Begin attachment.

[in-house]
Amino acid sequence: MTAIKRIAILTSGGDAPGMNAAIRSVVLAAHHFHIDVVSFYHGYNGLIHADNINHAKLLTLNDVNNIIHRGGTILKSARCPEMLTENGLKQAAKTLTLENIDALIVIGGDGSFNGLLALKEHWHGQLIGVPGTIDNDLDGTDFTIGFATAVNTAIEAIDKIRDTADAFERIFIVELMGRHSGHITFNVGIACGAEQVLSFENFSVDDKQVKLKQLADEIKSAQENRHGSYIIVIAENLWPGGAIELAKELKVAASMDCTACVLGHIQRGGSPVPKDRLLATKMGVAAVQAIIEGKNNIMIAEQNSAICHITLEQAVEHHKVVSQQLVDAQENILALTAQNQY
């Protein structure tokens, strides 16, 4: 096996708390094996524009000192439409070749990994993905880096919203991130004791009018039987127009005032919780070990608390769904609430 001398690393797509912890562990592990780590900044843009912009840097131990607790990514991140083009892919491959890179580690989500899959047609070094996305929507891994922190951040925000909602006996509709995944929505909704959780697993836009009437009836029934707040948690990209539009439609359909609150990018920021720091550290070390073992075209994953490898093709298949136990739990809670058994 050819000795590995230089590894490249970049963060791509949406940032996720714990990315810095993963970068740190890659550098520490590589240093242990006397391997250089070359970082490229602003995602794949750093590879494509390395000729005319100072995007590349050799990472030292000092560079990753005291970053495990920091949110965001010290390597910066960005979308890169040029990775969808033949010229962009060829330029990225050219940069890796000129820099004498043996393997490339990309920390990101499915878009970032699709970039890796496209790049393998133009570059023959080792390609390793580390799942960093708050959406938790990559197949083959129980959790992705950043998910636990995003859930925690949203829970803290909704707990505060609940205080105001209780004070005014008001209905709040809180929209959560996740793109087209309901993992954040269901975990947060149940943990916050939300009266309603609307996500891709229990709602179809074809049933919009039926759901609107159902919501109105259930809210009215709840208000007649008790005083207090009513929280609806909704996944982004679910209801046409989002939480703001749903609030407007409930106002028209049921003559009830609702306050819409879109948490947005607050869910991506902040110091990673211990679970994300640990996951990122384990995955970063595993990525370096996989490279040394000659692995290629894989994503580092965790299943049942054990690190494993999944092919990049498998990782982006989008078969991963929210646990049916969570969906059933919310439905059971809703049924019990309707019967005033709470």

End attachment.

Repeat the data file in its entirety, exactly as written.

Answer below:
[in-house]
Amino acid sequence: MTAIKRIAILTSGGDAPGMNAAIRSVVLAAHHFHIDVVSFYHGYNGLIHADNINHAKLLTLNDVNNIIHRGGTILKSARCPEMLTENGLKQAAKTLTLENIDALIVIGGDGSFNGLLALKEHWHGQLIGVPGTIDNDLDGTDFTIGFATAVNTAIEAIDKIRDTADAFERIFIVELMGRHSGHITFNVGIACGAEQVLSFENFSVDDKQVKLKQLADEIKSAQENRHGSYIIVIAENLWPGGAIELAKELKVAASMDCTACVLGHIQRGGSPVPKDRLLATKMGVAAVQAIIEGKNNIMIAEQNSAICHITLEQAVEHHKVVSQQLVDAQENILALTAQNQY
């Protein structure tokens, strides 16, 4: 096996708390094996524009000192439409070749990994993905880096919203991130004791009018039987127009005032919780070990608390769904609430 001398690393797509912890562990592990780590900044843009912009840097131990607790990514991140083009892919491959890179580690989500899959047609070094996305929507891994922190951040925000909602006996509709995944929505909704959780697993836009009437009836029934707040948690990209539009439609359909609150990018920021720091550290070390073992075209994953490898093709298949136990739990809670058994 050819000795590995230089590894490249970049963060791509949406940032996720714990990315810095993963970068740190890659550098520490590589240093242990006397391997250089070359970082490229602003995602794949750093590879494509390395000729005319100072995007590349050799990472030292000092560079990753005291970053495990920091949110965001010290390597910066960005979308890169040029990775969808033949010229962009060829330029990225050219940069890796000129820099004498043996393997490339990309920390990101499915878009970032699709970039890796496209790049393998133009570059023959080792390609390793580390799942960093708050959406938790990559197949083959129980959790992705950043998910636990995003859930925690949203829970803290909704707990505060609940205080105001209780004070005014008001209905709040809180929209959560996740793109087209309901993992954040269901975990947060149940943990916050939300009266309603609307996500891709229990709602179809074809049933919009039926759901609107159902919501109105259930809210009215709840208000007649008790005083207090009513929280609806909704996944982004679910209801046409989002939480703001749903609030407007409930106002028209049921003559009830609702306050819409879109948490947005607050869910991506902040110091990673211990679970994300640990996951990122384990995955970063595993990525370096996989490279040394000659692995290629894989994503580092965790299943049942054990690190494993999944092919990049498998990782982006989008078969991963929210646990049916969570969906059933919310439905059971809703049924019990309707019967005033709470």